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Santa Clarita City Councilman Files Claim Over Health Benefits

Santa Clarita City Councilman TimBen Boydston has filed for $9,632.52 in damages from the city of Santa Clarita, for a claim of unpaid benefits for his service on City Council, according to documents obtained by KHTS AM-1220.


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The basis of his claim is that: “It is a requirement under state law that changes to compensation of elected officials must be done in public,” the document states.TimBen Boydston at a recent Santa Clarita City Council

“Basically, procedure was not followed according to state law,” Boydston said. “The change in benefits was never addressed, and that change in benefits, in my opinion, was not legal.”

Santa Clarita City Council members voted 4-0 to keep a two-tiered healthcare system for city employees, following a city staff recommendation, on Oct. 24, 2012.

City Council members approved the benefits change for the midyear 2010-11 budget, after a recommendation from city staff members who were asked to find cost-cutting measures.

“The city of Santa Clarita claims that they changed the level of ‘cash in lieu’ of health benefits on Dec. 14, 2010, but did not actually include change of ‘cash in Lieu’ in the changes,” according to Boydston’s claim. “The changes that were never done, were supposed to have been effective Jan. 1, 2011. On Oct. 23, 2012 the Council claimed to have "clarified" their "intent" of a Nov. 23, 2010, closed session by passing Resolution No. 12-72 to say that they had actually changed the benefits of future Council members on that date.”

This change in benefits, which affected all city employees hired after Jan. 1, 2011, was done without taking the proper steps, such as a publication notice in a newspaper of record, Boydston said.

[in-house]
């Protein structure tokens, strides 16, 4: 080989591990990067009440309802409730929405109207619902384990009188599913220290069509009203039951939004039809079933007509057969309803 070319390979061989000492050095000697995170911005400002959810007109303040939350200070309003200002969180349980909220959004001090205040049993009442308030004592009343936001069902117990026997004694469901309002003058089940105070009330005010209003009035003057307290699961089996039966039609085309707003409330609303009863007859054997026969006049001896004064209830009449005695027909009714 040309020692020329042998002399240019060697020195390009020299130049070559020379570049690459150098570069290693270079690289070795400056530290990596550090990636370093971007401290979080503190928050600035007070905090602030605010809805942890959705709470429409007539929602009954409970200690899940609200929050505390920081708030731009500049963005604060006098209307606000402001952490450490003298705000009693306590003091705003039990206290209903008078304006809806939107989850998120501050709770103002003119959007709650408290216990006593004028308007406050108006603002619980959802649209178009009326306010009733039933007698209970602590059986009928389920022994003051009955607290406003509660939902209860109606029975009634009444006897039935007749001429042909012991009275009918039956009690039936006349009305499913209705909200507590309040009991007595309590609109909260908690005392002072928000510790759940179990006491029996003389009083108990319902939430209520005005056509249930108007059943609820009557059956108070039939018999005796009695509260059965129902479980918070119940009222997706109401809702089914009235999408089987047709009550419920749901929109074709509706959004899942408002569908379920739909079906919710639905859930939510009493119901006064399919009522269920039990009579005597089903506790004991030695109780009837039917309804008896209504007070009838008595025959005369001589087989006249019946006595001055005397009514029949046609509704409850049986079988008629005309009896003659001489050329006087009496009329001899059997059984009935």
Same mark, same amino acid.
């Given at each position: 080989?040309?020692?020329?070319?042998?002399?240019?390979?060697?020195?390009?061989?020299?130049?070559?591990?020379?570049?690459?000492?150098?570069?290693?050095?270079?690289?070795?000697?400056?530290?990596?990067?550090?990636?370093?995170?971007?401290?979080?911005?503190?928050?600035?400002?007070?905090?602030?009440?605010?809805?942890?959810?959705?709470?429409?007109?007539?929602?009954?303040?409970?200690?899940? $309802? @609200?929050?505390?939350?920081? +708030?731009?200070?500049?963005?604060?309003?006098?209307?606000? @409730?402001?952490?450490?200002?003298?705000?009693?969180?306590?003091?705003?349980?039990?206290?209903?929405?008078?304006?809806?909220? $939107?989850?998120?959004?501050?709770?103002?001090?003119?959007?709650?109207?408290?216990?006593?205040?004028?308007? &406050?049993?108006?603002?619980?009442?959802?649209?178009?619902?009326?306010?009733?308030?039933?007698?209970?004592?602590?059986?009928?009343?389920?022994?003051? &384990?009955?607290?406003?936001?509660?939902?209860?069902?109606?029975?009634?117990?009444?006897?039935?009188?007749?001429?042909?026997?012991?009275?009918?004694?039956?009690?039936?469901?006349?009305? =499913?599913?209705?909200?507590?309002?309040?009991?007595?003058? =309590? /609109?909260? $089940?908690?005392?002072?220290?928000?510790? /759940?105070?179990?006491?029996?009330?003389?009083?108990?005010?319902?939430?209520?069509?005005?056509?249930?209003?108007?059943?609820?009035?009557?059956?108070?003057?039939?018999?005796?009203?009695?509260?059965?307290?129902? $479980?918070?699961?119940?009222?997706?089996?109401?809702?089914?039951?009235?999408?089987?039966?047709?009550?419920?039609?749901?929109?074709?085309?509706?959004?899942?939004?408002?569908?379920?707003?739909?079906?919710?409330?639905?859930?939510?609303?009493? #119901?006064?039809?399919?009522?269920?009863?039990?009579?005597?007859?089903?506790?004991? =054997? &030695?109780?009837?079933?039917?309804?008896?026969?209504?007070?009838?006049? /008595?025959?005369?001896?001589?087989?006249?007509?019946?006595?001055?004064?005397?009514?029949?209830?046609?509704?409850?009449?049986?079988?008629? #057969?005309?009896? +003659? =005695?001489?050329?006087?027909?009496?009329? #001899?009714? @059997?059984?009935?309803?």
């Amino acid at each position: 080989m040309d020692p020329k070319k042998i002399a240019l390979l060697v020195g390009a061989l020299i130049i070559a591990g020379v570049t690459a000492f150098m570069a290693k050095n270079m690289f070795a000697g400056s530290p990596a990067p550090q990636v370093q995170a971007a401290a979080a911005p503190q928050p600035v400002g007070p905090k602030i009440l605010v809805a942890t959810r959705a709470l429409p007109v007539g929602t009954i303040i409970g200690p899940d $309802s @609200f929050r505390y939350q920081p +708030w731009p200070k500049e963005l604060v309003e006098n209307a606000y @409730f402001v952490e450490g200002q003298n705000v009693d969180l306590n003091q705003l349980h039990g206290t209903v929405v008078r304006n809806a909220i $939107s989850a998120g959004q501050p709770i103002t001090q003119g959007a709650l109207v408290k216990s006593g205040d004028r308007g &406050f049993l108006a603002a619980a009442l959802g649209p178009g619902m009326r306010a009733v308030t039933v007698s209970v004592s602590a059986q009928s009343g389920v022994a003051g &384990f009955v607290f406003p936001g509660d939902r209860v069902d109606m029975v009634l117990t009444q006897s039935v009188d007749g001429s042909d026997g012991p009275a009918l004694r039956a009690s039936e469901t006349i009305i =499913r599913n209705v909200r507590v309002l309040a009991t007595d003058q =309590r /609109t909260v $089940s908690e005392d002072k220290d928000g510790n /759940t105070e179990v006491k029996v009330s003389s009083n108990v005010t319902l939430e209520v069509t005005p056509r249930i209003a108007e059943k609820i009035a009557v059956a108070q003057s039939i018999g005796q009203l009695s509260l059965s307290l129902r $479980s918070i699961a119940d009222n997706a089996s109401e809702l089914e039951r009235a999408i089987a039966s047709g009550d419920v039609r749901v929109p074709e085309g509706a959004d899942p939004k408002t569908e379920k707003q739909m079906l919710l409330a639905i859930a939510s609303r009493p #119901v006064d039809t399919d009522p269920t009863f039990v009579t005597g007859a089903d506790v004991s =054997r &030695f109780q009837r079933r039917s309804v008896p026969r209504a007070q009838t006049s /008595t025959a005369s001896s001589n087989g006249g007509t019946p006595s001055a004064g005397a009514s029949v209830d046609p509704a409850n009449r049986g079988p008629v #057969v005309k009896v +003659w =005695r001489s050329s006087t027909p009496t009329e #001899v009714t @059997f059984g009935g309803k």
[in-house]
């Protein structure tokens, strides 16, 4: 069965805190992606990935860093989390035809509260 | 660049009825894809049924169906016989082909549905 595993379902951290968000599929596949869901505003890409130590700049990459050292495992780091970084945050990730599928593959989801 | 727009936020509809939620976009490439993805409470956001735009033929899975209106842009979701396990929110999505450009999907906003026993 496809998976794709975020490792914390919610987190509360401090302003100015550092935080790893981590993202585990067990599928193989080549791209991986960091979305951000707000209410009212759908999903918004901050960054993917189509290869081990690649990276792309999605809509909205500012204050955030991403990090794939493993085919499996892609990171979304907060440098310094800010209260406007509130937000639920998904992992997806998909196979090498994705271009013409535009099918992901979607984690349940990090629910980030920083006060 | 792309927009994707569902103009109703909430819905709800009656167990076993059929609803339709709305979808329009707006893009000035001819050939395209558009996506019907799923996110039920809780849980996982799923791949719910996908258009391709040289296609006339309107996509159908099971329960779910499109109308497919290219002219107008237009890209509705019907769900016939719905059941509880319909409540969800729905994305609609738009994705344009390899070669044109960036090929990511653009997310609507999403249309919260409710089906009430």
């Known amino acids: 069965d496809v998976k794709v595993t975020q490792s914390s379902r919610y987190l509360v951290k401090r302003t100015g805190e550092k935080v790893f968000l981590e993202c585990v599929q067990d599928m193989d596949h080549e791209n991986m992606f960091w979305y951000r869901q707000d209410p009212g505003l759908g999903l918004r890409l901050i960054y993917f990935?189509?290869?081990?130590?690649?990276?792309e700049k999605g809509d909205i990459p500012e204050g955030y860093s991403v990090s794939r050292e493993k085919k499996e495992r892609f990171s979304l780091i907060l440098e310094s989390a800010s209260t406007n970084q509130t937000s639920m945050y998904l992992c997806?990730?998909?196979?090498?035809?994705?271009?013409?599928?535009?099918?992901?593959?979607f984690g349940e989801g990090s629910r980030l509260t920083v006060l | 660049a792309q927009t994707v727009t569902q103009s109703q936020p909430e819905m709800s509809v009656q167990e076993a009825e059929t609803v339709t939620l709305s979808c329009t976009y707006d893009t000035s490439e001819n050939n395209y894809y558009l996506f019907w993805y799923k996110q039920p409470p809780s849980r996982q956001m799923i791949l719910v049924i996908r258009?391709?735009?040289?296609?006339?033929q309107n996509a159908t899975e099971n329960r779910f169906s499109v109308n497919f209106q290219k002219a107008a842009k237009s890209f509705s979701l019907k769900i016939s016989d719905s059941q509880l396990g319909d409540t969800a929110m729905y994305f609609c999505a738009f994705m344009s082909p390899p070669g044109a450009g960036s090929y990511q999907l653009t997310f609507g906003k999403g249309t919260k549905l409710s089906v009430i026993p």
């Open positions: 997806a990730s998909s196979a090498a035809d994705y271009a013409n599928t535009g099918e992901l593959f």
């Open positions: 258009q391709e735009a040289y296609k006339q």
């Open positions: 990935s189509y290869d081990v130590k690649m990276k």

“This is about the principle,” Boydston said. “I’ve stated this before -- I thought the correct solution was that if this was a true desire from our council to save money for the taxpayer, then it should be equal pay for equal work.

“They should do as I suggest and have everyone lose those benefits,” Boydston added, “and I’d be fine with that. I’m just looking for equality and parity.”

During the Oct. 23, 2012, City Council meeting, City Attorney Joe Montes was questioned by City Councilwoman Marsha McLean as to whether Boydston was eligible for the same benefits packages as the rest of the council members, under the current law.

Boydston’s medical benefits are essentially the same, Montes said, however a difference in benefits takes effect if Boydston chooses to take a cash payout instead.

The cash discrepancy between the two tiers of the plan comes out to the amount filed for in Boydston’s claim.

Boydston's claim is expected to be reviewed at Santa Clarita City Council's Nov. 12 meeting in closed session. Santa Clarita city Spokeswoman Gail Ortiz said city officials could not comment on a matter that will be discussed in closed session.

Back in October at the City Council meeting, City Attorney Joe Montes explained that it wouldn’t be possible to satiate Boydston’s request the way the rules are set up, unless the city decided to create a special category for employees who worked for the city left and came back, or if the city would have to adjust the pay benefits for all 32 employees the city has hired since the rules were changed.

Boydston served on the City Council in 2007 on an interim basis, completing the term of Assemblyman Cameron Smyth, who left for the Legislature.


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Santa Clarita City Councilman Files Claim Over Health Benefits


Article: Santa Clarita City Councilman Files Claim Over Health Benefits
Source: Santa Clarita News
Author: Perry Smith